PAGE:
Detained at Pigeon River Border

     It started out like a normal day…  The sun rose, the sky was blue and life was good.  What could have been an opportunity to welcome U.S. citizens into Canada quickly turned sour.  This is a typical scenario that replays itself time and time again.  Just what is it about applying for a Remote Area Border Crossing Permit in person at the Pigeon River Canadian Customs and Immigration that makes the workers there so not nice? 

     It isn’t just one person’s experience and it’s as predictable as the sun setting that when you ask to have a Remote Area Border Crossing Permit processed at Pigeon River it’s like asking the sun not to set.  The five or six employees who are visiting, playing computer games or surfing the net do not welcome the intrusion of a US citizen asking for a RABCP.  A person would be better off walking into the building with drugs or a gun because at least then the employees might respond in a more timely fashion.

     The actual processing of the permit should not be a big deal.  A person just needs to enter the data into a computer, wait for the computer to do a quick background check, then fill out a form, print it out and presto, a permit!   Unfortunately this does not happen and the process that has been observed by many people is one that is mind boggling. 

     Like a well practiced magician the immigration’s worker takes the paperwork and disappears.  Just when you think the worker has gone home for the day, usually after two or more hours, they magically reappear.  They saunter over to their workstation, type into the computer, then call you over.  The line they use doesn’t vary too much from time to time and goes something like this.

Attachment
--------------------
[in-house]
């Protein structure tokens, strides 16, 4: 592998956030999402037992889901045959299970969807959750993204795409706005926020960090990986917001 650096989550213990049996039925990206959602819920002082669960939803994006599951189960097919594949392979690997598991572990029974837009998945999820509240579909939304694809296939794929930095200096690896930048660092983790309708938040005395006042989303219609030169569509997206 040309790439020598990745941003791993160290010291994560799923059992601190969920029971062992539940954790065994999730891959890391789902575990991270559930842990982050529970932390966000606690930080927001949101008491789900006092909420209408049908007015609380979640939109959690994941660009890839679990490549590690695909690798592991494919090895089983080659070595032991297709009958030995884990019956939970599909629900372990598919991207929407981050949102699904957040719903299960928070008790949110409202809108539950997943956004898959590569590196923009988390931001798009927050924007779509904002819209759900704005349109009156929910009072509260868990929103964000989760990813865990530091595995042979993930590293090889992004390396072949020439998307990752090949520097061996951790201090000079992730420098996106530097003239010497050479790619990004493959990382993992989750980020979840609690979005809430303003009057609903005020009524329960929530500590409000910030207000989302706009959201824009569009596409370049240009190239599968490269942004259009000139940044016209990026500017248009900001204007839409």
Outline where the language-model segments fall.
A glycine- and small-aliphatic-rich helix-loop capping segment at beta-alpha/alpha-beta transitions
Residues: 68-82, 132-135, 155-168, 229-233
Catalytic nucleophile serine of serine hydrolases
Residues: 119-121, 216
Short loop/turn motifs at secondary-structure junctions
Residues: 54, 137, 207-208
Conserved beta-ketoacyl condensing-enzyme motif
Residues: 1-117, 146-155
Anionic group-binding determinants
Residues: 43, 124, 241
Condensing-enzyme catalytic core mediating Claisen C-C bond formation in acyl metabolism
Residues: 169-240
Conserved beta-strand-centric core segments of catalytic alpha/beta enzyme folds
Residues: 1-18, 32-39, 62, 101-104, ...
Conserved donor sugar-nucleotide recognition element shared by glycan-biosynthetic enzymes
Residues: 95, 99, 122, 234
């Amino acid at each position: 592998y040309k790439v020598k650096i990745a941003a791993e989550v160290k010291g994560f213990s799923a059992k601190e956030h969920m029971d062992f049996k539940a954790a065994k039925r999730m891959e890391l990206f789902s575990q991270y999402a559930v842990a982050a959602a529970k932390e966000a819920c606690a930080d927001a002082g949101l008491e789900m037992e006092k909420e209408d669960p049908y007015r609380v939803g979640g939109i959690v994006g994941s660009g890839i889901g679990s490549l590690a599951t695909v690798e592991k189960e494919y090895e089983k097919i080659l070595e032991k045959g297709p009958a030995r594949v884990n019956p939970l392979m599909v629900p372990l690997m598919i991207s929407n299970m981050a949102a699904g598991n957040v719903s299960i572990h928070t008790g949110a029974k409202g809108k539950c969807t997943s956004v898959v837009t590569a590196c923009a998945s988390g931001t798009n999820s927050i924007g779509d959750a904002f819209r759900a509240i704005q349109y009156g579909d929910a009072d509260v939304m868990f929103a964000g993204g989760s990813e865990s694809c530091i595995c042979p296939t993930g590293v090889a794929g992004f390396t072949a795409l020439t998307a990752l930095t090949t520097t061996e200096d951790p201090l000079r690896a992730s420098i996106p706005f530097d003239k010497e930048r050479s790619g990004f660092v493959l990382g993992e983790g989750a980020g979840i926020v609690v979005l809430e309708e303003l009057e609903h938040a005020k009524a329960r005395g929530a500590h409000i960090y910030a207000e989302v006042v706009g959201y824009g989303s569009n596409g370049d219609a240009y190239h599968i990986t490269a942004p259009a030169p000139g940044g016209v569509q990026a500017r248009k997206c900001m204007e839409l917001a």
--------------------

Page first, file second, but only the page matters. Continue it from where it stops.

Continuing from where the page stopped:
"You know, you are lucky I’m going to issue this permit.  I wouldn’t have to do this right now and I could make you mail it in.  You should have just mailed it in, I’m doing you a favor."

To which most people think… "Thank you so very much for wasting 5 hours of my day, I really appreciate it."

     According to various reports  words like, "service with a smile" or "customer service" do not ring a bell with immigration employees at Pigeon River.  There is no warm welcome and most people leave wondering why they even want to be able to enter Canada.  Then they remember the Quetico Park.

     An unspoiled wilderness area set aside for canoe camping.  Lakes clean enough to drink, teeming with fish and waiting to be explored.  Campsites on islands, eagles overhead and the call of the loon.  These are some of the reasons why people subject themselves to such odd treatment at the border.

     Is it worth it?  I think I will be mailing my application in the future.  But then again, isn’t that exactly what they want?    Something to think about another day.